The Globalization of Markets

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The globalization of markets
Theodore Levitt

The worldwide success of a growing list of products that have become household names is evidence that consumers the world over, despite deep-rooted cultural differences, are becoming more and more alike - or, as the author puts it, "homogenized." In consequence, he contends, the traditional MNC's strategy of tailoring its products to the needs of multiple markets may put it at a severe disadvantage vis-a-vis competitors who apply marketing imagination to the task of developing advanced, functional, reliable standardized products, at the right price, on a global scale. A powerful force drives the world toward a converging commonality, and that force is technology. It has proletarianized communication, transport and travel. It has made isolated places and impoverished peoples eager for modernity's allurements. Almost everyone everywhere wants all the things they have heard about, seen, or experienced via the new technologies. The result is a new commercial reality - the emergence of global markets for standardized consumer products on a previously unimagined scale. Corporations geared to this new reality benefit from enormous economies of scale in production, distribution, marketing and management. By translating these benefits into reduced world prices, they can decimate competitors that still live in the disabling grip of old assumptions about how the world works. Gone are accustomed differences in national or regional preference. Gone are the days when a company could sell last year's models - or lesser versions of advanced products — in the less developed world. And gone are the days when prices, margins and profits abroad were generally higher than at home. The globalization of markets is at hand. With that, the multinational commercial world nears its end, and so does the multinational corporation. THE McKINSEY QUARTERLY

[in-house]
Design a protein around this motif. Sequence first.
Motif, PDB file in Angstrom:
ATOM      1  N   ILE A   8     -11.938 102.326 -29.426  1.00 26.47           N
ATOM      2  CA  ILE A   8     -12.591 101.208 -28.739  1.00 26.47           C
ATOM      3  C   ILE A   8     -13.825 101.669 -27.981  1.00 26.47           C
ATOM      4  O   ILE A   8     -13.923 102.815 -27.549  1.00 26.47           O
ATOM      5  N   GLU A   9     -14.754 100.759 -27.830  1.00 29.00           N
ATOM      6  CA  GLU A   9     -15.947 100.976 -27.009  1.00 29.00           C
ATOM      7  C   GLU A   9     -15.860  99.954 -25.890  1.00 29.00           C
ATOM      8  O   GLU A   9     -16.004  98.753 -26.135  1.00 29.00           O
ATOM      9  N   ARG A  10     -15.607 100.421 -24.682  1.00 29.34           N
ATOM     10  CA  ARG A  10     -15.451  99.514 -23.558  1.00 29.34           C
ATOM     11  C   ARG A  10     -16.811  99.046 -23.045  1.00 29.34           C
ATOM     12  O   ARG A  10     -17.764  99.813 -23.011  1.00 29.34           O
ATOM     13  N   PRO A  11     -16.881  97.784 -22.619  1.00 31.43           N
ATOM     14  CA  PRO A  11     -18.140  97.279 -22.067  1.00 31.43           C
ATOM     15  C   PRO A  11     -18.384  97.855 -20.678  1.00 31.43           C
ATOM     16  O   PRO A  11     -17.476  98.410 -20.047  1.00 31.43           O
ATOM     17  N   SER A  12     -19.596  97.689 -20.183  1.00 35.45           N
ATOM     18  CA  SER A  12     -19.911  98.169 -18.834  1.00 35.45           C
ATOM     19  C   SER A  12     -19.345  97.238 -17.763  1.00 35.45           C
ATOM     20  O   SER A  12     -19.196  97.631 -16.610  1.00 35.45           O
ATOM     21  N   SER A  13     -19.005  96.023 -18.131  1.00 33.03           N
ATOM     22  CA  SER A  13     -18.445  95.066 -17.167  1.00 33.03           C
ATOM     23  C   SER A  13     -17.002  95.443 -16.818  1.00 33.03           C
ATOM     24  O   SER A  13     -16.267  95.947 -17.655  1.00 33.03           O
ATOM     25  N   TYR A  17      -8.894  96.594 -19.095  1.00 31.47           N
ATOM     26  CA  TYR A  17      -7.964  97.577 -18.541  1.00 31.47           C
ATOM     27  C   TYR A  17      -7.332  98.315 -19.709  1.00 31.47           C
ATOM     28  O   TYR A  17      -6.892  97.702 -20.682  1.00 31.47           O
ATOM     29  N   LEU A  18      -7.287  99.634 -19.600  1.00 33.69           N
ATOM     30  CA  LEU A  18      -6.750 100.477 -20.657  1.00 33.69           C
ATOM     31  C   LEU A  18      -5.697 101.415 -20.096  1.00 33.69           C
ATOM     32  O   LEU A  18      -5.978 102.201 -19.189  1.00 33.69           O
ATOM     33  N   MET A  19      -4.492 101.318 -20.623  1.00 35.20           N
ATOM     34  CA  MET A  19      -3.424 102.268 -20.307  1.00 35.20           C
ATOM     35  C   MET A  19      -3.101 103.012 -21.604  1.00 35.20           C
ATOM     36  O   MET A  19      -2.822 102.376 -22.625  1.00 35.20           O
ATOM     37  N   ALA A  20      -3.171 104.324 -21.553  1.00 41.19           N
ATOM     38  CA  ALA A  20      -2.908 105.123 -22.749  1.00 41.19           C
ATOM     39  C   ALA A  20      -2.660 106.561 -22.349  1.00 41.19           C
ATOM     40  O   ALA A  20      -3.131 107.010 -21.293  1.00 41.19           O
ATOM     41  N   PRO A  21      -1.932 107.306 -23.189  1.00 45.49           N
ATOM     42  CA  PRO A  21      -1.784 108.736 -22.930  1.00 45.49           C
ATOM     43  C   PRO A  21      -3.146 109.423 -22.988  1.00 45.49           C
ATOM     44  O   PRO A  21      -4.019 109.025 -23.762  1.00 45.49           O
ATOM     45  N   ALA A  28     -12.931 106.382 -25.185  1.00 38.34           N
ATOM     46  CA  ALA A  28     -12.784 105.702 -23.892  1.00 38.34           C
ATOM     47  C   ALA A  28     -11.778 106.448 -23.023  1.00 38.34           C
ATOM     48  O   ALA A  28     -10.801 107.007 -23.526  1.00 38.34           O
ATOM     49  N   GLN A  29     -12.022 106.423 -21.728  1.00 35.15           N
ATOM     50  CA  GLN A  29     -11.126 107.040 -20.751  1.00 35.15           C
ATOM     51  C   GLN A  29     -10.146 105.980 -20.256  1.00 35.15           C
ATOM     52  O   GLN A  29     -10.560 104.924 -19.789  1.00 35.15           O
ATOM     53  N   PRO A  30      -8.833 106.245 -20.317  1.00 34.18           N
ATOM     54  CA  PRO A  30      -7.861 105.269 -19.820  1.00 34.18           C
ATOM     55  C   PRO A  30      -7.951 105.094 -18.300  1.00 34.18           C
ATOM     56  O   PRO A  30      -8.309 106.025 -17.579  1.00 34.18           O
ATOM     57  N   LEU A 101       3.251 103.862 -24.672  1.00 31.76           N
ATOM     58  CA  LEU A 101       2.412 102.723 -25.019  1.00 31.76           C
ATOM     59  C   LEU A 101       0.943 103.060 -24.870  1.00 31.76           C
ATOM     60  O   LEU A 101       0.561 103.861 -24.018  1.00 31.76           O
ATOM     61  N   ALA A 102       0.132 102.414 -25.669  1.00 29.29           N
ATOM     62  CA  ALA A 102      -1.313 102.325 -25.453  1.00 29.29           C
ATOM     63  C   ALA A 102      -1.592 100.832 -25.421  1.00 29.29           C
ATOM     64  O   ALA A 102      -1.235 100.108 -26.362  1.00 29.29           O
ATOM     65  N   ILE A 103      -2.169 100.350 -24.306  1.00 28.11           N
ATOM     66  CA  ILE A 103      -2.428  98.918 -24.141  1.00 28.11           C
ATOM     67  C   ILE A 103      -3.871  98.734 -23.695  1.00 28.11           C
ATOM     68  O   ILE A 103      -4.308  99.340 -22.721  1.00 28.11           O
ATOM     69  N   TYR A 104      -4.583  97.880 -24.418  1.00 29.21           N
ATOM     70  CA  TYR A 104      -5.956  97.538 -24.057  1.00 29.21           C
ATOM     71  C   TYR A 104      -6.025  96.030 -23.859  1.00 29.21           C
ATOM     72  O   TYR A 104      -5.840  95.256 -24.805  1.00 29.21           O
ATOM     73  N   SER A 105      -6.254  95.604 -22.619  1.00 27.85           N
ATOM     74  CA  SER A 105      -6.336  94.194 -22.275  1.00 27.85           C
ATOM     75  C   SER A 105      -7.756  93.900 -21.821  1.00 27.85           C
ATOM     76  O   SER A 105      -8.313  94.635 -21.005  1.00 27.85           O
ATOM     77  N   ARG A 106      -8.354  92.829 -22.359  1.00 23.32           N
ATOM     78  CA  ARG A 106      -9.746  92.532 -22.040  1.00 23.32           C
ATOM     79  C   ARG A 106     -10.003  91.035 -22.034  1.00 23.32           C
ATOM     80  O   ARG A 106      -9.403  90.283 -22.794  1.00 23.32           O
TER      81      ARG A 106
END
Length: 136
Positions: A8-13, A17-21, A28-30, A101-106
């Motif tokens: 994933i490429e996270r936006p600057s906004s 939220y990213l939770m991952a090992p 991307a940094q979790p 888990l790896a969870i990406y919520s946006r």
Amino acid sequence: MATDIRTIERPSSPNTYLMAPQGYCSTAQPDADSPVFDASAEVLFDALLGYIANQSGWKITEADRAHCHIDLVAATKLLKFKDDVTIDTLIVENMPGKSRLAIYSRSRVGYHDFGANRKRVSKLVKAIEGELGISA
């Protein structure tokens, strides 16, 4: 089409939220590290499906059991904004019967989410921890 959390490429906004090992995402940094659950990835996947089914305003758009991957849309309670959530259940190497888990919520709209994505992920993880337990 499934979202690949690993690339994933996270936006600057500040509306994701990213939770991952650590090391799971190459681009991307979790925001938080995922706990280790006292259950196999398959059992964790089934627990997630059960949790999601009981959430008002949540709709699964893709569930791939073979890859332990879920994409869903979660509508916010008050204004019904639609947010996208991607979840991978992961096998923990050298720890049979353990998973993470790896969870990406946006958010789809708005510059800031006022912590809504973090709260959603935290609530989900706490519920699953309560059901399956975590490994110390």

The multinational and the global corporation are not the same thing. The multinational corporation operates in a number of countries, and adjusts its products and practices in each - at high relative costs. The global corporation operates with resolute constancy - at low relative cost - as if the entire world (or major regions of it) were a single entity; it sells the same things in the same way everywhere. Global vs. multinational Which strategy is better is not a matter of opinion but of necessity. Worldwide communications carry everywhere the constant drumbeat of modern possibilities to lighten and enhance work, raise living standards, divert and entertain. The same countries that ask the world to recognize and respect the individuality of their cultures insist on the wholesale transfer to them of modern goods, services and technologies. Modernity is not just a wish but also a widespread practice among those who cling, with unyielding passion or religious fervor, to ancient attitudes and heritages. H Who can forget the televised scenes during the 1979 Iranian uprisings of young men in fashionable French-cut trousers and silky hody shirts thirsting with raised modern weapons for blood in the name of Islamic fundamentalism? II In Brazil, thousands swarm daily from preindustrial Bahian darkness into exploding coastal cities, there quickly to install television sets in crowded corrugated huts and, next to battered Volkswagens, make sacrificial offerings of fruit and fresh-killed chickens to Macumban spirits by candlelight. f During Biafra's fratricidal war against the Ibos, daily televised reports showed soldiers carrying bloodstained swords and listening to transistor radios while drinking Coca-Cola. ^ In the isolated Siberian city of Krasnoyarsk, with no paved streets and censored news, occasional western travelers are stealthily propositioned for cigarettes, digital watches, and even the clothes off their backs. The organized smuggling of electronic equipment, used automobiles, western clothing, cosmetics and pirated movies into primitive places...
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